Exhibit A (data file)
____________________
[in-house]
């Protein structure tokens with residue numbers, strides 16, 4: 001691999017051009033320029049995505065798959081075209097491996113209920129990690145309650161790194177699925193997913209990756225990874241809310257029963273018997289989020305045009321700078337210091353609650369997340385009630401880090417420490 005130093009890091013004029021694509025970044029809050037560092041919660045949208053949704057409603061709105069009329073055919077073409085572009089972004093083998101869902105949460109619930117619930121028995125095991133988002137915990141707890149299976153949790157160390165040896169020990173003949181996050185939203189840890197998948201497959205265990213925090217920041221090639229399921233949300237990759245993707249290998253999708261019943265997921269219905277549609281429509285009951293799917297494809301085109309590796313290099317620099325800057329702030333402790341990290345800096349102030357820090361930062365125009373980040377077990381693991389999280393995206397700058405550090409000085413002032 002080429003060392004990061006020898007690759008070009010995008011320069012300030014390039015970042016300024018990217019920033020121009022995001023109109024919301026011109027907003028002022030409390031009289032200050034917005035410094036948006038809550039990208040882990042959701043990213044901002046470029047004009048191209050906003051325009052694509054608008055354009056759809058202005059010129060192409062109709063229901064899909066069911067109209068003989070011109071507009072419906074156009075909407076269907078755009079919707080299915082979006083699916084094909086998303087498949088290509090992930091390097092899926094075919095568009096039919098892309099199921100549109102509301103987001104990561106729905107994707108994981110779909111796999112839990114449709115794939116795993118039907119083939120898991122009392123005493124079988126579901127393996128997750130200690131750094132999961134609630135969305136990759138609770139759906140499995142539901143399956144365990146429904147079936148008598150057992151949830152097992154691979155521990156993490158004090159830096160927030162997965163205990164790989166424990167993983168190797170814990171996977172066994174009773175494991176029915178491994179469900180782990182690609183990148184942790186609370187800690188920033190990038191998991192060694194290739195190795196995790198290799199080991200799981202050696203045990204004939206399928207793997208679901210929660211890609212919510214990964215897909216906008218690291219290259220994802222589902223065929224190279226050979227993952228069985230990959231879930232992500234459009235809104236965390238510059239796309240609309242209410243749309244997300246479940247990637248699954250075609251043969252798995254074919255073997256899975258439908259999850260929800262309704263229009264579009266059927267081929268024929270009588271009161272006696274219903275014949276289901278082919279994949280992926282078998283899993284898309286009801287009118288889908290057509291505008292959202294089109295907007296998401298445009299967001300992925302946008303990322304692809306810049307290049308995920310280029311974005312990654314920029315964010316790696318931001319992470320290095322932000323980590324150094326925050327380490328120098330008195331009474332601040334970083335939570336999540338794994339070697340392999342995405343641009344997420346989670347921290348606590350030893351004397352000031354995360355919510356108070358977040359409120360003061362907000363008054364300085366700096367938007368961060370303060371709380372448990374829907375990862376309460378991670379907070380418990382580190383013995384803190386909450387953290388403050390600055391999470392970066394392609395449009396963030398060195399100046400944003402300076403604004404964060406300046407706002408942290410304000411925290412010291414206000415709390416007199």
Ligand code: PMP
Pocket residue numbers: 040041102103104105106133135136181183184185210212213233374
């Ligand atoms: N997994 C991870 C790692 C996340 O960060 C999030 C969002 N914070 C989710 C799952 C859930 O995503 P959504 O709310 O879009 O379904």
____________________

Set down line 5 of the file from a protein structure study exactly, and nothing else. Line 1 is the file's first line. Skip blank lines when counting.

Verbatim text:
């Ligand atoms: N997994 C991870 C790692 C996340 O960060 C999030 C969002 N914070 C989710 C799952 C859930 O995503 P959504 O709310 O879009 O379904």